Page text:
30. The indication that "it was night" is not just a reference to the time of day but to darkness as an image of sin, an image of the power of darkness whose hour was beginning at that very moment (cf. Luke 22:53). The contrast between light and darkness, the opposition of good and evil, is frequently met with in the Bible, especially in the Fourth Gospel: even in the prologue we are told that Christ is the true Light which the darkness has not overcome (cf. John 1:5).
31-32. This glorification refers above all to the glory which Christ will receive once He is raised up on the cross (John 3:14; 12:32). St. John stresses that Christ's death is the beginning of His victory: His very crucifixion can be considered the first step in His ascension to His Father. At the same time it is glorification of the Father, because Christ, by voluntarily accepting death out of love, as a supreme act of obedience to the Will of God, performs the greatest sacrifice man can offer for the glorification of God. The Father will respond to this glorification which Christ offers Him by glorifying Christ as Son of Man, that is, in His holy human nature, through His resurrection and ascension to God's right hand. Thus the glory which the Son gives the Father is at the same time glory for the Son.
Christ's disciple will also find His highest motivation by identifying himself with Christ's obedience. St. Paul teaches this very clearly when he says: "Far be it from me to glory except in the cross of the Lord Jesus Christ" (Galatians 6:14).
33. From this verse onwards the evangelist recounts what is usually called the discourse of the Last Supper; in it we can distinguish three parts. In the first, our Lord begins by proclaiming the New Commandment (verses 33-35) and predicts Peter's denials (verses 36-38); He tells them that His death means His going to His Father (Chapter 14), with Whom He is one because He is God (verses 1-14); and He announces that after His resurrection He will send them the Holy Spirit, who will guide them by teaching them and reminding them of everything He told them (verses 15-31).
The second part of the discourse is contained in Chapters 15 and 16. Jesus promises to those who believe in Him a new life of union with Him, as intimate as that of a vine and its branches (15:1-18). To attain this union one must keep His New Commandment (verses 9-18). He forewarns them about the contradictions they will suffer, and He encourages them by promising the Holy Spirit who will protect them and console them (verses 18-27). The action of the Paraclete or Consoler will lead them to fulfill the mission Jesus has entrusted to them (16:1-15). The fruit of the presence of the Holy Spirit will be fullness of joy (verses 16-33).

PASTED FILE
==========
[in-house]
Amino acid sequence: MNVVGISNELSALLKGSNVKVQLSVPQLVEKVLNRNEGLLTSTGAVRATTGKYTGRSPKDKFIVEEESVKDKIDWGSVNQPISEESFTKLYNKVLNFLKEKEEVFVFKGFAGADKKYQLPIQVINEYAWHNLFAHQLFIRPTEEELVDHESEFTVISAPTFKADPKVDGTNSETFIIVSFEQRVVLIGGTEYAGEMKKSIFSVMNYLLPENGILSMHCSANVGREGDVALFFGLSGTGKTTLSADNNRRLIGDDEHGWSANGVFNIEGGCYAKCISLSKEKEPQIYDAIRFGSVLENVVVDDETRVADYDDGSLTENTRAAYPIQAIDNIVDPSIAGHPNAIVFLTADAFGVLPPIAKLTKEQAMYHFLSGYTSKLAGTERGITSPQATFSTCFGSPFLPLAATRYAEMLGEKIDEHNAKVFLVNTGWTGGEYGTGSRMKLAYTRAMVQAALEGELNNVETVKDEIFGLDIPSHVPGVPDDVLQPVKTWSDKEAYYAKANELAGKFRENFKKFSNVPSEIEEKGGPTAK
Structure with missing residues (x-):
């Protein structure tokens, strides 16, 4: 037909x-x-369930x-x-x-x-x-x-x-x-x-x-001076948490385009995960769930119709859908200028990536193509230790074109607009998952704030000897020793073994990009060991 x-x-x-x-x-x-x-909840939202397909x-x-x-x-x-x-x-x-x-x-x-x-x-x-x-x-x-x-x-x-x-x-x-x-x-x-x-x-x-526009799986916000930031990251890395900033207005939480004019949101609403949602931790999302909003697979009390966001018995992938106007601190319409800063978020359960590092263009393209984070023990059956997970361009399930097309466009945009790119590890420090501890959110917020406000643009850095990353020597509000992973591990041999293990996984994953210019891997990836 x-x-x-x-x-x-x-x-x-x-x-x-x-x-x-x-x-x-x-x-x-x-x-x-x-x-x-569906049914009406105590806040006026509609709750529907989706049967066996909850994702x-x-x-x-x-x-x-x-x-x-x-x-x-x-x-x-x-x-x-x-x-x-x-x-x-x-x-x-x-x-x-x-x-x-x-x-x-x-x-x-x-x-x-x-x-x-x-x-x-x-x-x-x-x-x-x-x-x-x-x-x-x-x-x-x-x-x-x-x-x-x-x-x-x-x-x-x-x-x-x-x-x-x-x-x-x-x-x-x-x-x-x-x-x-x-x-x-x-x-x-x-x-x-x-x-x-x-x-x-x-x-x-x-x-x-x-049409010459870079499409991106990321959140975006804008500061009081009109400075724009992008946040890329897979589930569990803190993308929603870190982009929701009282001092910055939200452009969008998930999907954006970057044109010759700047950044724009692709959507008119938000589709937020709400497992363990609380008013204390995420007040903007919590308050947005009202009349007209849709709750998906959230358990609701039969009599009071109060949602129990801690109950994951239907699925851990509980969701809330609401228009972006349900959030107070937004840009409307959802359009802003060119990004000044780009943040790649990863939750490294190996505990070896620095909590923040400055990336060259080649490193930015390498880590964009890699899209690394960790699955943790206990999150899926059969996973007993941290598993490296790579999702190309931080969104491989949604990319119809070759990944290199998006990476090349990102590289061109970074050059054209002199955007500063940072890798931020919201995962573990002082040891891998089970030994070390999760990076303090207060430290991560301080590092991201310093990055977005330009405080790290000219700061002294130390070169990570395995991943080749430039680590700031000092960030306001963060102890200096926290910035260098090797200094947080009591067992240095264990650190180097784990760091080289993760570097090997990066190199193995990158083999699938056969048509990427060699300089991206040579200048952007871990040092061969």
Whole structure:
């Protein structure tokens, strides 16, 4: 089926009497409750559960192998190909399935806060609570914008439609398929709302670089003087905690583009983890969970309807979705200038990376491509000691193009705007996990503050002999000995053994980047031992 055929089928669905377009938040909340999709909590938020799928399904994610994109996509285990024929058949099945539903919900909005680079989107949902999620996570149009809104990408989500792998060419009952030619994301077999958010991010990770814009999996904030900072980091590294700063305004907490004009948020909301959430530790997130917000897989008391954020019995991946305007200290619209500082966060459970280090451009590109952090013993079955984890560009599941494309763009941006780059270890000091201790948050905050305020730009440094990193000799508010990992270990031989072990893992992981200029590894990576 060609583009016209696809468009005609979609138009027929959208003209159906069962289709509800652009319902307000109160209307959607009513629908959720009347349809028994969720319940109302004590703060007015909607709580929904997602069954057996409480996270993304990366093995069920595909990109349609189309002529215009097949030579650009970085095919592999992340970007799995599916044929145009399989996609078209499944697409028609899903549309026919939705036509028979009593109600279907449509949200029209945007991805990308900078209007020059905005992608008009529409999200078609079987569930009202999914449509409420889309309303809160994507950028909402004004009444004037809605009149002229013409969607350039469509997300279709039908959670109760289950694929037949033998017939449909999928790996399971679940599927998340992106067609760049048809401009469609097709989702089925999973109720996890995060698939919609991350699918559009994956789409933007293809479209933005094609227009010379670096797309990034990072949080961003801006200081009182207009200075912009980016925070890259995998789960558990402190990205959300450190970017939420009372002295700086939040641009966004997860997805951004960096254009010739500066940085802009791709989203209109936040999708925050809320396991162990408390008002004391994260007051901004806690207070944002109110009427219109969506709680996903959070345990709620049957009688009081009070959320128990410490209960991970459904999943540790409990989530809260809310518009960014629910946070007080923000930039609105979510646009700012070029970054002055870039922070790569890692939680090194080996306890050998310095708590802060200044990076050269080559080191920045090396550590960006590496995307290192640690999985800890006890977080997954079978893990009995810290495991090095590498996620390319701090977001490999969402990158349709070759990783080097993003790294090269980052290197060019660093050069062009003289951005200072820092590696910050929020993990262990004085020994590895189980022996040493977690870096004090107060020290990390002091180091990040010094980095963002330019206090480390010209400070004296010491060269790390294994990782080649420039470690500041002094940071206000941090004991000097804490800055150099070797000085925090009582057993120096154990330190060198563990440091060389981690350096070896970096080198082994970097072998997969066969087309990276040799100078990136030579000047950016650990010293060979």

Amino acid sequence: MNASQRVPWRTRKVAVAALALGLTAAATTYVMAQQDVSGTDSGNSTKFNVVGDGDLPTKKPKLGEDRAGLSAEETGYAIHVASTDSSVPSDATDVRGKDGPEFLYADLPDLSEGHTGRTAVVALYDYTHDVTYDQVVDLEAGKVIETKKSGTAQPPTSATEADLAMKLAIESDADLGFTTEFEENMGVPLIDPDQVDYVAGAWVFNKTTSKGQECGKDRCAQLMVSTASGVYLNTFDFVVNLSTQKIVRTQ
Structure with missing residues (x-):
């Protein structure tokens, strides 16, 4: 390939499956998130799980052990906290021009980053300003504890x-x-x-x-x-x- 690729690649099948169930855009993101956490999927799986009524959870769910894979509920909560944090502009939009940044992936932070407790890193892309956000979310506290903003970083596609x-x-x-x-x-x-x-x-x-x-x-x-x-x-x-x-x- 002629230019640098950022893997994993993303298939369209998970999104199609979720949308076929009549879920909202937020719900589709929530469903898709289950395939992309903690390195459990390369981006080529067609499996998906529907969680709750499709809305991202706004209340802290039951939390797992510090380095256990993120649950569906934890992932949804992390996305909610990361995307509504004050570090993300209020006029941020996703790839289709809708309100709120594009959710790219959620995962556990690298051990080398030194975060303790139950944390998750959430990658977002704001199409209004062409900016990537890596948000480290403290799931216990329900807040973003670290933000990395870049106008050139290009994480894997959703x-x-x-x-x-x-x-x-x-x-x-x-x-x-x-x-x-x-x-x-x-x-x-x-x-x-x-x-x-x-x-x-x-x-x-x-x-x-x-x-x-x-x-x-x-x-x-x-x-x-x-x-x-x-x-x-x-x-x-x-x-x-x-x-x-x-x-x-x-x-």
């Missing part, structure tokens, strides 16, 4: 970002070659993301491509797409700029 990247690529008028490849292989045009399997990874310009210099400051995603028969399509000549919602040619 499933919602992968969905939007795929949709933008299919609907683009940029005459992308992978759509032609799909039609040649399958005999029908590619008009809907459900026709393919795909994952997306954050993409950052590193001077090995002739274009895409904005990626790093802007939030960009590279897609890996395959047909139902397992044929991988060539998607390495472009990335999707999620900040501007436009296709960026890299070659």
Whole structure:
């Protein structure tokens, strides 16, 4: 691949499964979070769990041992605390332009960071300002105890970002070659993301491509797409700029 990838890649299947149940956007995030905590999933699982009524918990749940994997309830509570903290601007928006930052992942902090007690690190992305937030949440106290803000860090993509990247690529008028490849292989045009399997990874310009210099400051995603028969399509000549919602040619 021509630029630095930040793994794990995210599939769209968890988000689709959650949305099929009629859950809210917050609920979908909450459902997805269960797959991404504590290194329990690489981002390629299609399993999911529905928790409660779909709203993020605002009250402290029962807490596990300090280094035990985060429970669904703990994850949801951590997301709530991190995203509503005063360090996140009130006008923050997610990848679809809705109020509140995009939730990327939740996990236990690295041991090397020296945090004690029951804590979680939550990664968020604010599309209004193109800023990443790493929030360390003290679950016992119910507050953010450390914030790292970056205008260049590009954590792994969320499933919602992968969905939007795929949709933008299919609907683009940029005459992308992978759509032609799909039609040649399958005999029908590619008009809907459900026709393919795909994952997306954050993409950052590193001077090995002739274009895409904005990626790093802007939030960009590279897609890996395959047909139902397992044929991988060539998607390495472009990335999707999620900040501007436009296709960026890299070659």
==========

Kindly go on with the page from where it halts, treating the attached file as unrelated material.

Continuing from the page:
The third part (Chapter 7) gives Jesus' priestly prayer, in which He asks the Father to glorify Him through the cross (verses 1-5). He prays also for His disciples (verses 6-19) and for all those who through them will believe in Him, so that, staying in the world without being of the world, the love of God should be in them and they should bear witness to Christ being the envoy of the Father (verses 20-26).
36-38. Once again Peter in his simplicity and sincerity tells his Master that he is ready to follow Him even to the point of dying for Him. But he is not yet ready for that. Our Lord, St. Augustine comments, "establishes here a delay; He does not destroy the hope, indeed He confirms it by saying, `You shall follow afterwards! Why are you in haste, Peter? As yet the rock has not made you strong inwardly: do not be brought down by your presumption. Now you cannot follow Me, but do not despair: later you will'" ("In Ioann. Evang.", 66, 1). Peter had certainly meant what he said, but his resolution was not very solid. Later on he would develop a fortitude based on humility; then, not considering himself worthy to die in the way his Master did, he will die on a cross, head downwards, rooting in the soil of Rome that solid stone which endures in those who succeed him and forming the basis on which the Church, which is indefectible, is built. Peter's denials, which are signs of his weakness, were amply compensated for by his profound repentance. "Let everyone draw from this example of contrition, and if he has fallen let him not despair, but always remember that he can become worthy of forgiveness" (St. Bede, "In Ioann. Evang. Expositio, in loc".).
Source: "The Navarre Bible: Text and Commentaries". Biblical text taken from the Revised Standard Version and New Vulgate. Commentaries made by members of the Faculty of Theology of the University of Navarre, Spain. Published by Four Courts Press, Kill Lane, Blackrock, Co. Dublin, Ireland. Reprinted with permission from Four Courts Press and Scepter Publishers, the U.S. publisher.